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jr
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posted 15 July 2006 17:45     Click Here to See the Profile for jr     Edit/Delete Message   Reply w/Quote
Grassboy, if I read other posts of yours correctly, you are either still in college, or just getting out. I've already done that, started a business, and attained the credentials of ISA certified arborist and PCO in lawn and ornamental and termite in Florida. You have a long way to go before you ever come close to being my equal, and your nonsensical remarks with your flowery language about me don't get you any closer.
Also, I believe Jody made my point about the original issue here.

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wilson
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posted 15 July 2006 18:47     Click Here to See the Profile for wilson     Edit/Delete Message   Reply w/Quote
Thanks for the replies. I noticed a link to the Palmetto brochure at the top of this webpage. I looked at the brochure yet again, and I see a disclaimer at the bottom. I don't think I have any legal options for a refund. I spent about $250 for the Raleigh and about $280 for the Palmetto. This isn't devestating, and I'm sure I can fix the problem using Raleigh plugs.

I did want to get the word out about Palmetto. Everyone I talk to is quite surprised that I have St. Augustine decline in a new lawn. This was a problem in Texas back in the 70's. After Raleigh was developed, SAD is now rare. Anyway, sod solutions says "Palmetto St. Augustine has demonstrated superior disease tolerance". And I say it hasn't.

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Grassguy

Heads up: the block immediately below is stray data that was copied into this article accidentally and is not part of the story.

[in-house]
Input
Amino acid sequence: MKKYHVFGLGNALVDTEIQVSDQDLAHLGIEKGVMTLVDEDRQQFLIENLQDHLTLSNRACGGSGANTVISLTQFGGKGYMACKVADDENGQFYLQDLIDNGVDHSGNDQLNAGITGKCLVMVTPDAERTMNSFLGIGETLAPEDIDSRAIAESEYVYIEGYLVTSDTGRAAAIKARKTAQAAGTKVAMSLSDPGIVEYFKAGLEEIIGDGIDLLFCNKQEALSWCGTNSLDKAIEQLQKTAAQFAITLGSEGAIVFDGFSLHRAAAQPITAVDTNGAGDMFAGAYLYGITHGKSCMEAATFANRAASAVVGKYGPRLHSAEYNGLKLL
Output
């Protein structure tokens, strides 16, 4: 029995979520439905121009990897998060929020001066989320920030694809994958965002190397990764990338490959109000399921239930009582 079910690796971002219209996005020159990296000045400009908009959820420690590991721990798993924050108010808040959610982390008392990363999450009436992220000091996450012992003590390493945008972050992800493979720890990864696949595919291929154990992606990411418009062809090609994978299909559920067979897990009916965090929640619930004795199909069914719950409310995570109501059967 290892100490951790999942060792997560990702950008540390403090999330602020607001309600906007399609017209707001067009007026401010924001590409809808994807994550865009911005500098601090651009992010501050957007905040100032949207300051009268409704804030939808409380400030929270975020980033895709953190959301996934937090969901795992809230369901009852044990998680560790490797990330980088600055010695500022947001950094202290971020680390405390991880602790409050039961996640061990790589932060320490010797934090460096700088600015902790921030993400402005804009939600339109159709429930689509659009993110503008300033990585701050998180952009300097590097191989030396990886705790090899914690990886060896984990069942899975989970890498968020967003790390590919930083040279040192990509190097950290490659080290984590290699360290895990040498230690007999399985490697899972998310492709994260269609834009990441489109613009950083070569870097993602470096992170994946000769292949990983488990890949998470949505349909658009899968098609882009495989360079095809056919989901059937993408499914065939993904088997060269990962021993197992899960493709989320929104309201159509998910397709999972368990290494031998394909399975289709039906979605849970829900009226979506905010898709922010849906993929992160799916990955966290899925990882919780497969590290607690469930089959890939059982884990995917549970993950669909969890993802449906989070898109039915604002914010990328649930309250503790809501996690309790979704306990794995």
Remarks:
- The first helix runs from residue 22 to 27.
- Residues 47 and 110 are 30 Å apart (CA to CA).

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posted 16 July 2006 14:13     Click Here to See the Profile for Grassguy     Edit/Delete Message   Reply w/Quote
JR, All that training and all you can come up with is calling someone an idiot? (thats the mark of a professional)You better cut back from a 12 pack to a 6 pack a day. You my friend are a legend in your own mind. you are high on your self in a narcissistic way. Dont let my flowery remarks hurt your feelings, afterall you have no clue what any of it means anyway. I apoligize to other forum followers but I wont stand by and let a Belligerent stranger call me an idiot.

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Grassguy
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posted 16 July 2006 14:44     Click Here to See the Profile for Grassguy     Edit/Delete Message   Reply w/Quote
wilson, every thing I have studied and read have no mention of Palmetto being SAD resistant. I guess this day and time you cant rely on (claims) anyone but yourself.

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jr